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Cedar Rapids, Iowa 52401
IOWA CITY — Former quarterback Jason Manson said this was the third time he applied for a job to come back to Iowa.
He believes he’s found his best fit as the program’s new director of player development.
Manson, a backup quarterback to Drew Tate and former wide receiver with the program, said that he has not only the perspective of going through the Iowa football program, but also as someone who went through the program as a player who wasn’t the star on the field.
“My experience wasn't a glorified one, especially from a playing perspective,” Manson said. “But nonetheless, I had a good college experience and being able to give that to kids in the program is what I can do. What I want to add is an after-football-is-over element to it. There was a little bit of a struggle immediately the first year to two years after.”
He believes he can provide insight on the field as someone who found opportunities playing positions that weren’t his top choice.
“Your pride can get in the way of you making some simple decisions or some big decisions,” Manson said. “Back in my time, I got to actually do some utility work and play some receiver and things like that. They let me make a decision that would allow me to play more.”
But where he hopes to effect the most change, is establishing a post-graduation plan for athletes.
Manson described going through the football program as being like a “horse with blinders,” where if you graduate, but maybe don’t go to the NFL, you “fall off a cliff.” He hopes to put a structure in place so that the athletes can establish a network before leaving campus.
This comes from personal experience; in the two years following his graduation, Manson struggled to find a job. He worked with his agent and trained in hopes of still pursuing a career in football, but everything changed when he knew he was going to be a father.
He laughed when he said that actually the TV breaking was the moment that drove him to get that first job working at Verizon Wireless.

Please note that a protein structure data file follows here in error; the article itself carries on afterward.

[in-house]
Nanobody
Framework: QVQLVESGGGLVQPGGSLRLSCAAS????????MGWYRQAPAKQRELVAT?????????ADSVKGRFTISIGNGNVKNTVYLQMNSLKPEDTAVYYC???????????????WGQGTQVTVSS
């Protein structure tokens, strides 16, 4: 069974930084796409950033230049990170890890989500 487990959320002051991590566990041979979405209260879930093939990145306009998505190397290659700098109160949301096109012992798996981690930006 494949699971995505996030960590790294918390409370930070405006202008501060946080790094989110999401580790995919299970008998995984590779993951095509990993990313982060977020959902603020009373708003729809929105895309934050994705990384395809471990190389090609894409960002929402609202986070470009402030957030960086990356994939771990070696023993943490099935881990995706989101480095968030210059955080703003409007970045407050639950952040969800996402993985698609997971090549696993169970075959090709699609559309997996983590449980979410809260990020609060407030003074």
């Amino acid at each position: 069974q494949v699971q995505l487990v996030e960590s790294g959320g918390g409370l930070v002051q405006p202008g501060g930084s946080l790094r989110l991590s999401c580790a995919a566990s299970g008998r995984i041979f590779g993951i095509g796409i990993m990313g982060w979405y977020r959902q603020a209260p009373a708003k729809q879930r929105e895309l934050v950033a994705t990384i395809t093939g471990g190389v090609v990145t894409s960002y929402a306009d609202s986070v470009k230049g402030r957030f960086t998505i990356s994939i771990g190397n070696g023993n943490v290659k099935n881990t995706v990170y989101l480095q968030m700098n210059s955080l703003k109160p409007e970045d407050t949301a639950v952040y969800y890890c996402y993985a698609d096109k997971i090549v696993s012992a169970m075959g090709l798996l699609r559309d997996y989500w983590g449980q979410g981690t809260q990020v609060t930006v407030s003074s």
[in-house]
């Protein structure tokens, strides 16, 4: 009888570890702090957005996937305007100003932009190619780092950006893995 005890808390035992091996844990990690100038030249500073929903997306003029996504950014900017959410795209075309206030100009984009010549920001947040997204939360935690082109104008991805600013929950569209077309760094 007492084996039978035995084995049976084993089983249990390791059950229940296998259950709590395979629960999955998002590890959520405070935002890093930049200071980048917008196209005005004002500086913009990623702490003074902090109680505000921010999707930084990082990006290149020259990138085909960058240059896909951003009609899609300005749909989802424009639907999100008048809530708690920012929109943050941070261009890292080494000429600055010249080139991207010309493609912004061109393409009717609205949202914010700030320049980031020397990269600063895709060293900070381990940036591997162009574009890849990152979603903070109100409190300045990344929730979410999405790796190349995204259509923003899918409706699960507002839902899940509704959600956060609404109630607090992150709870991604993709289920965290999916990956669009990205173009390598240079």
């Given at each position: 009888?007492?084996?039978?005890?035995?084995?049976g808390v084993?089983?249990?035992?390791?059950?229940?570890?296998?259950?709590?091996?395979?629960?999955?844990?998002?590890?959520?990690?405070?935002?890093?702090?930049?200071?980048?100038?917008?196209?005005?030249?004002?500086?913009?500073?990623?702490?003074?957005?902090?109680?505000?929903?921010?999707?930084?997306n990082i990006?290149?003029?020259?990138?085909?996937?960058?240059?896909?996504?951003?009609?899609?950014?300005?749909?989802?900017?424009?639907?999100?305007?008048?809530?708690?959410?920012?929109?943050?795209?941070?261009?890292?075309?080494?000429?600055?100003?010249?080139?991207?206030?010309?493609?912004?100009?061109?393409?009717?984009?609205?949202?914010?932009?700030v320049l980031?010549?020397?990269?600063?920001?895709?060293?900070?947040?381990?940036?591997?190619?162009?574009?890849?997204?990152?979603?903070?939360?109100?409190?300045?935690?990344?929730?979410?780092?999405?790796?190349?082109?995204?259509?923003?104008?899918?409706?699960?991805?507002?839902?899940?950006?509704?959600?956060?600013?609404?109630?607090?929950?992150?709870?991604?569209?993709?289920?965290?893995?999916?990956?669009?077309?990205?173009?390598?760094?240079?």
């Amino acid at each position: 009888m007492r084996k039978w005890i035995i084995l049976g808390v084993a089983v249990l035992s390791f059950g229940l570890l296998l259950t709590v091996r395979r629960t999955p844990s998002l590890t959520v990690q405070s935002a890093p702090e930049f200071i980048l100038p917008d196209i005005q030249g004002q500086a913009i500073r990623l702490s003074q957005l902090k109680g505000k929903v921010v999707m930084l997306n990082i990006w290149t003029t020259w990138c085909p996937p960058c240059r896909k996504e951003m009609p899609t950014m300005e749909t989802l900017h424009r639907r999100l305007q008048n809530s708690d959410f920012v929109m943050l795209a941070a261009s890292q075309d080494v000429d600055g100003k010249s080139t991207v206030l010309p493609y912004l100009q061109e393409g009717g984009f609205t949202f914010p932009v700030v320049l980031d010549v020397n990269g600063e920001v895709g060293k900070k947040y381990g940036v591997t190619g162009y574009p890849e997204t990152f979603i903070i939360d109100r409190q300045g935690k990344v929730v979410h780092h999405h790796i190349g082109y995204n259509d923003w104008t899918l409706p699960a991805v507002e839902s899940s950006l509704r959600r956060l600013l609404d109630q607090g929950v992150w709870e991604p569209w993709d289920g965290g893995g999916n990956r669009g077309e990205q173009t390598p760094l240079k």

He played one year of professional indoor football before he got his foot in the door in coaching. He started working as wide receivers coach at Becker College in 2007. Then, he helped coach wide receivers at Western Connecticut State in 2008 before becoming the offensive coordinator at the Milford Academy in New Berlin, N.Y.
He joined the Central Connecticut State staff as assistant coach from 2010-14 before serving as both head football coach and college and career readiness coordinator at Capital Preparatory School from 2014-19. He was the assistant dean of students and head football coach at St. Thomas Moore School from 2019-21.
Chris Ejiasi was Iowa’s first director of player development from 2008-16. Iowa’s Broderick Binns held the position until he moved into the director of diversity, equity and inclusion for all of Iowa’s athletics in 2020. Sam Brincks was the interim director of player development until Manson’s hire this spring.
Both Manson and Binns are Black men in positions that impact the off-the-field culture at Iowa, which is still in the midst of a racial discrimination lawsuit even after the departure of director of strength and conditioning Chris Doyle following allegations of racism. Raimond Braithwaite, who took over Doyle’s role, is also Black.
Manson said he didn’t feel like he experienced many “horrible racial interactions,” as a player at Iowa, but hopes to use Binns as a resource to foster a more comfortable environment for football players.
“I’ve been able to progress and achieve goals, so I think that's important for guys that are in the program to see what is achievable, is something that can be done,” Manson said. “I'm hoping that I can just add a little bit more perspective, and be a positive influence on the young Black men in the program.”
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